KASAMA Vol. 14 No. 2 / April-May-June 2000 / Solidarity Philippines Australia Network

Statement from the June 27, 2000 vigil at the Saudi Arabian Embassy, Makati City, Philippines

We gather with serious concern over the fate of those who have come under Saudi Arabia's judicial and administrative processes, especially its prisoners: immigrants, religious minorities and foreign workers. Foreign migrant workers comprise 60-80% of Saudi Arabia's workforce, and each faces a 100% risk of arbitrary arrests, detention, torture or execution.

Saudi Arabia's judicial system and legal procedures have come under considerable question because of their secrecy, inaccessibility, partiality and severity. Its courts, including judges, prosecutors, and religious police are gravely violative of universal human rights, especially the minimum standards of humane treatment for prisoners and detained persons. Families of prisoners have no means to communicate with, and assist their loved ones. Prisoners have no means by which they can avail of the best defense under the law. Remedies for miscarriage of justice are non-existent, especially for foreigners and religious minorities. Moreover, torture has been a standard practice to force the signing of confessions, often written in Arabic, which are totally incomprehensible to foreign prisoners. Daily hazards of psychological, physical and sexual abuse, particularly threaten women in Saudi prisons. Sadly, not even international diplomatic persuasion has made an impact on these practices.

Human rights groups such as Amnesty International have recorded a total of 767 executions over the past nine years, over half of which were migrant workers, whose nationalities were mostly Asian. Over 300 Filipino prisoners in Riyadh and Jeddah alone are suffering from fear, discrimination and illnesses. More than 20 face capital punishment. They have neither the Philippine government nor Saudi authorities to turn to for help.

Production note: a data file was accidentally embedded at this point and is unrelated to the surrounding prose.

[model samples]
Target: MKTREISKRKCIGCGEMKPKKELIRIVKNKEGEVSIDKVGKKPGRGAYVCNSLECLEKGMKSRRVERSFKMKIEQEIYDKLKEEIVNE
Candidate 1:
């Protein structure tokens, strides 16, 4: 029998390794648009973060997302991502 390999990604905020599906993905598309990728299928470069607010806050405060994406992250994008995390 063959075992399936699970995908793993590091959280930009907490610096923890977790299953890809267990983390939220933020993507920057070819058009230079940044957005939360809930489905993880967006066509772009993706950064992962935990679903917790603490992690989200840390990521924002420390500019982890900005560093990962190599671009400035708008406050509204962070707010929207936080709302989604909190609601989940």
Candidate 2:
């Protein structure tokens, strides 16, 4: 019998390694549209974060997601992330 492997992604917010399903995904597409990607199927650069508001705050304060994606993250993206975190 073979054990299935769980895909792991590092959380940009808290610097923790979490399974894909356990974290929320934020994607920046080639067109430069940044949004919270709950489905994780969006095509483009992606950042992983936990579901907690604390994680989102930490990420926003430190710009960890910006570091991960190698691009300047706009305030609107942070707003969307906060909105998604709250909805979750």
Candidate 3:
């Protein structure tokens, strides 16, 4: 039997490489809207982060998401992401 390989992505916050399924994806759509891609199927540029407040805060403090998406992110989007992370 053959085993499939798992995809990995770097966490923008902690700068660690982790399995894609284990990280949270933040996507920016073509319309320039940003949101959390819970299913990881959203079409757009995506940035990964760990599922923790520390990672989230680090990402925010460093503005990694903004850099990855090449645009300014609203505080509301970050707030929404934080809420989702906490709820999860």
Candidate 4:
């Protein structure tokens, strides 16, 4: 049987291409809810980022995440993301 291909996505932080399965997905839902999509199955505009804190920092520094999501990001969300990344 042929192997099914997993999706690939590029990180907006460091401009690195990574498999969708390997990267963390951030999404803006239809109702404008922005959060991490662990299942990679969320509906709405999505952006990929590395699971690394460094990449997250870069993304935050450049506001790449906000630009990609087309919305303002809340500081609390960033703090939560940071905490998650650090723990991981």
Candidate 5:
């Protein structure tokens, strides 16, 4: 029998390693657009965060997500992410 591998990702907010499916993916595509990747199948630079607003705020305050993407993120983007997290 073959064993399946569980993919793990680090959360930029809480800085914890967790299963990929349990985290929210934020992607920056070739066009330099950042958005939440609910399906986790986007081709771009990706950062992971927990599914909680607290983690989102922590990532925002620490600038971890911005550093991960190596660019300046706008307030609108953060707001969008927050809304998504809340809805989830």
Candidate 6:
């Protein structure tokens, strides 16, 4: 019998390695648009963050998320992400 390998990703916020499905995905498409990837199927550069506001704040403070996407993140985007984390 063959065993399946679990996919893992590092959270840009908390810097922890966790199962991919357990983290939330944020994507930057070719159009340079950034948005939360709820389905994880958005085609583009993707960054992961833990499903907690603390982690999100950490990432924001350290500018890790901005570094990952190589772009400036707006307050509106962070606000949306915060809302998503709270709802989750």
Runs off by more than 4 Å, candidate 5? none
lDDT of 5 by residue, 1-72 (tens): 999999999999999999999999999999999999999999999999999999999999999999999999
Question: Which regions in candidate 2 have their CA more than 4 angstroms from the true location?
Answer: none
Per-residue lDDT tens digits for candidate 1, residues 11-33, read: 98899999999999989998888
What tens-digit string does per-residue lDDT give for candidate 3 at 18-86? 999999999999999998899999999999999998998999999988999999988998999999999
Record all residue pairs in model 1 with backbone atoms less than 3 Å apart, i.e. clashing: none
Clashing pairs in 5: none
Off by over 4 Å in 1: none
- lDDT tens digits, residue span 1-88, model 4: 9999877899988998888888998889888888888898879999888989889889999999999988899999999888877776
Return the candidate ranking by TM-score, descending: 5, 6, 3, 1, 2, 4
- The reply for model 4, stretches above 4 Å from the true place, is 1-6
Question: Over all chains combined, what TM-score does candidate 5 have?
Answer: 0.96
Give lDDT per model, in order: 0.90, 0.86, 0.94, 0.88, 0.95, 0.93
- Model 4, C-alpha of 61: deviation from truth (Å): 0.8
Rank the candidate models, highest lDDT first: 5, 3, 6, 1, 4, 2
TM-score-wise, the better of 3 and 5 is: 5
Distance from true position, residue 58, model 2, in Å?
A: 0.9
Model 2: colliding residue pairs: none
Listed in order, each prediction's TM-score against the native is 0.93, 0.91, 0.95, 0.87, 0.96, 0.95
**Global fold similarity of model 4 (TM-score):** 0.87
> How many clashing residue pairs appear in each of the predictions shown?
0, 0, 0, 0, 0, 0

Filipina domestic worker Sarah Jane Dematera's case highlights the serious flaws of the Saudi justice system. Dematera arrived in Saudi Arabia to start work in 1992. Four days later she was in jail, accused of murdering her female employer. Throughout her ordeal, Sarah is reported to have appeared before a judge in court only twice. Her trial remains shrouded in secrecy. She has no access to legal assistance. With no knowledge of Saudi Arabian's laws or Arabic, she could not have been able to mount an effective defense. The exact status of her sentence is not clear, but it appears that the death sentence will remain pending for approximately ten years until the youngest child of the murder victim reaches the age of eighteen and decides whether to accept compensation or ask for the execution to be carried out.

Saudi Arabia shares its record of worst human rights violator, with countries such as Pakistan, Afghanistan, China and the United States. It has not ratified the International Bill of Human Rights. It has not made significant steps to realize the human rights instruments which it ratified. It remains a dangerous country for women, Christians, Buddhists, Sikhs, and other ethnic minorities.

KAIBIGAN, KANLUNGAN, KAKAMMPI, PAHRA and other organizations participating in the campaign to End Secrecy, Suffering and Fear in Saudi Arabia have joined AMNESTY INTERNATIONAL in a global movement to establish a fair, impartial and humane justice system in the closed state. We call on the Saudi government to declare a moratorium on all executions, adopt mechanisms for fair and impartial trials, end discrimination of religious, racial and ethnic minorities, stop torture and forced confessions, adhere to internationally recognized legal procedures of criminal justice, ratify and enforce human rights among and within Saudi Arabian society.

Amnesty International-Pilipinas (AIP),
KANLUNGAN Center Foundation,
Kapisanan ng mga Kamag-anak ng Migranteng Manggagawang Pilipino (KAKAMMPI),
Philippine Alliance of Human Rights Advocates (PAHRA)
June 27, 2000

From: Kakammpi, 70-B Matahimik St, Teacher's Village, Diliman, Quezon City 1101, Philippines.
Phone: +632 4354584
Fax: +632 9215810